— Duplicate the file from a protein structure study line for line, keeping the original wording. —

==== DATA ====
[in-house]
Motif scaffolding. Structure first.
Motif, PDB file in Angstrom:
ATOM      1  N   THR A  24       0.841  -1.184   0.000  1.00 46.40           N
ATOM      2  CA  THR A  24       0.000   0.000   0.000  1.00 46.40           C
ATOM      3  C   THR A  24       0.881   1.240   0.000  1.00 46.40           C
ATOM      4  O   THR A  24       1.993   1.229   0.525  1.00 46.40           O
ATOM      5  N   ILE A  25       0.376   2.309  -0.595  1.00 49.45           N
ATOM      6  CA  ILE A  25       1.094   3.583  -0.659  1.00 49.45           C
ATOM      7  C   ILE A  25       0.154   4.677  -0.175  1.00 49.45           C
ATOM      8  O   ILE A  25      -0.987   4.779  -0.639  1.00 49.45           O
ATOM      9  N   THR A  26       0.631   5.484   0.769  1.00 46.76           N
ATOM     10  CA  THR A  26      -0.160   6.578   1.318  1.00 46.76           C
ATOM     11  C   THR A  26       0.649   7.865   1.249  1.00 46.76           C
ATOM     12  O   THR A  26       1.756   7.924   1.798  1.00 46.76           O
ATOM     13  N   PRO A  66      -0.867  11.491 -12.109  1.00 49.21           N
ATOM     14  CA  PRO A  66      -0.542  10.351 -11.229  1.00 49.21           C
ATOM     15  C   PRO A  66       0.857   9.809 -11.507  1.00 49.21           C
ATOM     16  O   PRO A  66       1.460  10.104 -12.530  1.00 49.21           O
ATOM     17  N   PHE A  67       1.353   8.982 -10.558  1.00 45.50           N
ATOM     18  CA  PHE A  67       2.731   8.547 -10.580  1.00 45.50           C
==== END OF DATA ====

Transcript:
[in-house]
Motif scaffolding. Structure first.
Motif, PDB file in Angstrom:
ATOM      1  N   THR A  24       0.841  -1.184   0.000  1.00 46.40           N
ATOM      2  CA  THR A  24       0.000   0.000   0.000  1.00 46.40           C
ATOM      3  C   THR A  24       0.881   1.240   0.000  1.00 46.40           C
ATOM      4  O   THR A  24       1.993   1.229   0.525  1.00 46.40           O
ATOM      5  N   ILE A  25       0.376   2.309  -0.595  1.00 49.45           N
ATOM      6  CA  ILE A  25       1.094   3.583  -0.659  1.00 49.45           C
ATOM      7  C   ILE A  25       0.154   4.677  -0.175  1.00 49.45           C
ATOM      8  O   ILE A  25      -0.987   4.779  -0.639  1.00 49.45           O
ATOM      9  N   THR A  26       0.631   5.484   0.769  1.00 46.76           N
ATOM     10  CA  THR A  26      -0.160   6.578   1.318  1.00 46.76           C
ATOM     11  C   THR A  26       0.649   7.865   1.249  1.00 46.76           C
ATOM     12  O   THR A  26       1.756   7.924   1.798  1.00 46.76           O
ATOM     13  N   PRO A  66      -0.867  11.491 -12.109  1.00 49.21           N
ATOM     14  CA  PRO A  66      -0.542  10.351 -11.229  1.00 49.21           C
ATOM     15  C   PRO A  66       0.857   9.809 -11.507  1.00 49.21           C
ATOM     16  O   PRO A  66       1.460  10.104 -12.530  1.00 49.21           O
ATOM     17  N   PHE A  67       1.353   8.982 -10.558  1.00 45.50           N
ATOM     18  CA  PHE A  67       2.731   8.547 -10.580  1.00 45.50           C